FTSE Group is tightening its entry rules to help protect minority investors and stop companies with poor corporate governance from exploiting loopholes to secure a spot on London's prestigious stock market.

Companies which want to be included in FTSE's UK indices -- including the bluechip FTSE 100 -- must ensure at least 25 percent of their shares are freely tradeable.

The resources sector will be hardest hit by the change and four companies already in the FTSE 100 -- ENRC , Fresnillo , Evraz and Essar Energy -- will be affected. FTSE 250 miner Ferrexpo will also have to raise its free float.

The rules come into force on January 1, 2012 for new companies while firms which are already listed, including those on the mid-cap FTSE 250 index and the FTSE All Share, have 24 months to comply.

FTSE Group said companies affected by the change were already relatively close to meeting the free float requirement and it expected them to meet the new rule.

Investors -- many of whom had been pressing for tougher rules -- greeted the move as a step in the right direction which could help balance a bluechip index heavily weighted to mining and oil and gas firms.

I think it's probably a positive thing, said Richard Hunter, head of equities at stockbroker Hargreaves Lansdown.

It also potentially means that you're going to get a better spread sector-wise of companies that are entering the market going forward.

KAZAKH BATTLES

Kazakh miner ENRC, whose boardroom battle earlier this year prompted concerns over minority investor rights and debates over the FTSE 100, has a free float of around 18.6 percent.

Its shares are currently controlled by three individual founder shareholders, rival Kazakhmys and the Kazakh government.

It will have to sell more than 520 million pounds worth of stock to meet the new rules -- a potential boon for capital markets bankers -- but it declined to comment on which of its major holders was likely to sell down.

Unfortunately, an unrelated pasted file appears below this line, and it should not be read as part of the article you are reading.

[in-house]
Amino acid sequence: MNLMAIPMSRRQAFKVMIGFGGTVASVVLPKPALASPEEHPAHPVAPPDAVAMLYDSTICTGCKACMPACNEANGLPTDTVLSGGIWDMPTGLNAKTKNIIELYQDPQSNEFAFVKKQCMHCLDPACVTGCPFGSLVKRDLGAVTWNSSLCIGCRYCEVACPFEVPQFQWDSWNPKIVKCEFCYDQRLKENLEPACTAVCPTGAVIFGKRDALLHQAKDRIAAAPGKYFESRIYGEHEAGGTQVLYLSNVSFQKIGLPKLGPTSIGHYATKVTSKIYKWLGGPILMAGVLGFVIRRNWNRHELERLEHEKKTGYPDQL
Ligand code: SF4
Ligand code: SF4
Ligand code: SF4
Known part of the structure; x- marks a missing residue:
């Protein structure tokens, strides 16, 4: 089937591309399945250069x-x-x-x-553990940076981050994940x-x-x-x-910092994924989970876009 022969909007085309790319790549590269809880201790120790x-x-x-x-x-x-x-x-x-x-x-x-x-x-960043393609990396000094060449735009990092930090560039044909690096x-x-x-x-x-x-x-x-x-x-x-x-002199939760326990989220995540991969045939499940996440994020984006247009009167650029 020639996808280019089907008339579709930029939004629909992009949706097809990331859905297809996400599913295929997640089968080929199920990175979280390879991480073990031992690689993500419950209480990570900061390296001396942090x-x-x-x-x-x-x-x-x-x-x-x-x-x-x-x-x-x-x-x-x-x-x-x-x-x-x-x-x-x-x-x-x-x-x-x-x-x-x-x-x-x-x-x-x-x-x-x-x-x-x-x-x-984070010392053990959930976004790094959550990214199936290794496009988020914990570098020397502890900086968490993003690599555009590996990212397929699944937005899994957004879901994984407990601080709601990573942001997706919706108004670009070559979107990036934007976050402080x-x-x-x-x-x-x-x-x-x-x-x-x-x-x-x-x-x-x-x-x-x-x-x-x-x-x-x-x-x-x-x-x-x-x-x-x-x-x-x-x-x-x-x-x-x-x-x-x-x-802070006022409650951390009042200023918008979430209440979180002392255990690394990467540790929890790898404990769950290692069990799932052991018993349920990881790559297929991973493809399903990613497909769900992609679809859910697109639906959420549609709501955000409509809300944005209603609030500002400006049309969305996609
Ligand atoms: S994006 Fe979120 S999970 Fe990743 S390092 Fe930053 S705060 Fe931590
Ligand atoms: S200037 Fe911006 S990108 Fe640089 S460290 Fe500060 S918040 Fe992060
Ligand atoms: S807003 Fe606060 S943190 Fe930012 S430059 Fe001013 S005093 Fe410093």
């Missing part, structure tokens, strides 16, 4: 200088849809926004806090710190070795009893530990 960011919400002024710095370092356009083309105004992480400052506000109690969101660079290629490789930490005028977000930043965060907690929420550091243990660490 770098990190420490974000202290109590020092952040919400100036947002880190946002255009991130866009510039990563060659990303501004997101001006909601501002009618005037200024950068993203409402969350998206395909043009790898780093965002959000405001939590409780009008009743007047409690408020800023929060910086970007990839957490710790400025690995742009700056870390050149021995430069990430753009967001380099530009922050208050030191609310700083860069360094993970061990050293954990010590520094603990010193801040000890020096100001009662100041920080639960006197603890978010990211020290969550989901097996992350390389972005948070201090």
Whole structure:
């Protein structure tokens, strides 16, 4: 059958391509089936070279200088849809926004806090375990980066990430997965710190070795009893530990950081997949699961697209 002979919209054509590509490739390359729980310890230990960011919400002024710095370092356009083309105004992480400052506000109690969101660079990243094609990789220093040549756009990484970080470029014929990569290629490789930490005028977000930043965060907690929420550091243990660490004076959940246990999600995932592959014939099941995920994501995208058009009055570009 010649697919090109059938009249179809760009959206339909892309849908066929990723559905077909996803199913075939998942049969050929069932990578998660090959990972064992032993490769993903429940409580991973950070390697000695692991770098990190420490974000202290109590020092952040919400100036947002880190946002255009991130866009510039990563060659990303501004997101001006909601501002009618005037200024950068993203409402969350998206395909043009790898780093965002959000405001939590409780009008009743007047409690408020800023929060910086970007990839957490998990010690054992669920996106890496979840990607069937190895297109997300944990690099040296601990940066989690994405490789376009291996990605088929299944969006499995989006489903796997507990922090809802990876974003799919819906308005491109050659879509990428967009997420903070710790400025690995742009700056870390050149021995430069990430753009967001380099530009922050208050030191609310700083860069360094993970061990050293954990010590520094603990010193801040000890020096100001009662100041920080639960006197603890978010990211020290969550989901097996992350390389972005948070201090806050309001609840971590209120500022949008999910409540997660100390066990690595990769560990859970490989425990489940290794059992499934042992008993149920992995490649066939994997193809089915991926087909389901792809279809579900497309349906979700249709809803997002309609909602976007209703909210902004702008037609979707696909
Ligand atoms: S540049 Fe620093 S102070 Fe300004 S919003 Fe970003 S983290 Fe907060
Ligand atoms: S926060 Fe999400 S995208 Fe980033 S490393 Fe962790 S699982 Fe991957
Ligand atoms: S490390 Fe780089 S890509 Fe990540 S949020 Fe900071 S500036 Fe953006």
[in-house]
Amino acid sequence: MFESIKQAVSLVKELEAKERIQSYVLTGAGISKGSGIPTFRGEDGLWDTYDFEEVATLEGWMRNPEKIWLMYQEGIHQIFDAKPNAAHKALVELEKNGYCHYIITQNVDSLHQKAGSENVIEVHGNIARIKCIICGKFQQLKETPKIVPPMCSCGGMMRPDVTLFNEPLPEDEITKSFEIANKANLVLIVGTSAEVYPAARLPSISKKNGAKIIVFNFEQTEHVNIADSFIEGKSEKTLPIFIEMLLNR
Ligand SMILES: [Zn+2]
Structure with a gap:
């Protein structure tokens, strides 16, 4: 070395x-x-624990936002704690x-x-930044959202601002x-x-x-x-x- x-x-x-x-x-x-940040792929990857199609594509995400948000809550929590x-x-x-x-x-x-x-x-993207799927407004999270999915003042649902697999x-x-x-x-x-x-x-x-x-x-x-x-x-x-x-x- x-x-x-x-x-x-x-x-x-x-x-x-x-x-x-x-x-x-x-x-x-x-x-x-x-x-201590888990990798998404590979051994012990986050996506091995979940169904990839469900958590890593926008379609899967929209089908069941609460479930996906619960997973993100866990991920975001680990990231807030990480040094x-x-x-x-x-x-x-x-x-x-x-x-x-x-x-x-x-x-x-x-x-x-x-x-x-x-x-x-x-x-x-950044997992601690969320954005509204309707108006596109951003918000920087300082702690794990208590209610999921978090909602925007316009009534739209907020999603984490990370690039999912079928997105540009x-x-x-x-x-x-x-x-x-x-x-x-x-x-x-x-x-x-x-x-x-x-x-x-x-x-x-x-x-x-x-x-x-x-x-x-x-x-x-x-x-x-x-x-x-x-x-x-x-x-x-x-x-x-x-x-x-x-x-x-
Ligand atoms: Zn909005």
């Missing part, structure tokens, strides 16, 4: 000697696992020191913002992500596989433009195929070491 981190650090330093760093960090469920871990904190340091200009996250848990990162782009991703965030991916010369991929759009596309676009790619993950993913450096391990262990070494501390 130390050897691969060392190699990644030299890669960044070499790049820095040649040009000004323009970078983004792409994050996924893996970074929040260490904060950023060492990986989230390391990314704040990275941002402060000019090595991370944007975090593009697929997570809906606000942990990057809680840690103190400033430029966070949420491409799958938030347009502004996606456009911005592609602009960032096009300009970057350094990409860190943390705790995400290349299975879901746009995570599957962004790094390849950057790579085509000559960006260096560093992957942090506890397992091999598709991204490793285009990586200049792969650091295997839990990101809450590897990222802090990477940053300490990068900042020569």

ENRC is fully committed to retaining its listing on the FTSE and will take appropriate steps to comply with the updated ground rules over the next 24 months, a spokesman said.

Essar said the two-year period provided a considerable amount of time to consider our options and decide the most appropriate course of action. Fresnillo declined to comment.

Evraz, which joined the FTSE 100 earlier this month, is already at 24.8 percent and has said it will raise that level to meet listing requirements.

IMPROVED SAFEGUARDS

Michael Hewson, analyst at CMC Markets, said the rules could help create improved safeguards for minority investors.

You can use News Corp as an example of a case in point, he said. The main bulk of the shares are either non-voting or concentrated in the hands of a few individuals. How do shareholders influence boardroom pay or anything like that?

A greater free float improves a stock's liquidity and ensures a more diverse shareholder base, a particular issue for some large, foreign-owned resources firms, where ownership tends to be concentrated among two or three powerful individuals.

This ownership model is less common in Britain or the United States.

The Association of British Insurers and the National Association of Pension Funds (NAPF), whose members account for a large proportion of investment in the UK stock market, have complained that some of these firms offer poor safeguards for minority investors, which include millions of Britons investing their retirement savings in funds that track major indices.

NAPF Chief Executive Joanne Segars has called for the free float to be raised in time to as much as 50 percent. That would bring UK-based firms into line with requirements for companies incorporated overseas eyeing a FTSE spot.

Firms incorporated outside of the UK are already subject to a 50 percent free float threshold. However, most of the recently foreign arrivals on the FTSE have incorporated in Britain so come under the less stringent free-float requirements.

FTSE said it would take fresh soundings on whether to raise the free float further and whether the exchange needed different corporate governance standards.

The UK Listing Authority (UKLA) already requires firms seeking a premium listing to have a 25 percent free float, but has at times waived this rule -- usually for large firms where it does not consider liquidity would be dented.

London has seen a number of Russian companies jostle for premium listings in recent months, seeking increased liquidity and a stronger acquisition currency. Precious metals miner Polymetal
and steelmaker Evraz became the first Russian firms in the FTSE 100 last week.

Polymetal has a majority free float, though rival Polyus Gold, seen obtaining a premium listing in the new year, was expected to list with a smaller-than-required free float.

Glencore, one of the largest initial public offerings this year, has a free float of 17 percent at the moment but the percentage of tradeable stock will grow to over 50 percent next May when lock-up provisions expire.

(Additional reporting by Clara Ferreira-Marques, David Brett, Adveith Nair and Christopher Vellacott; Editing by Jodie Ginsberg and David Cowell)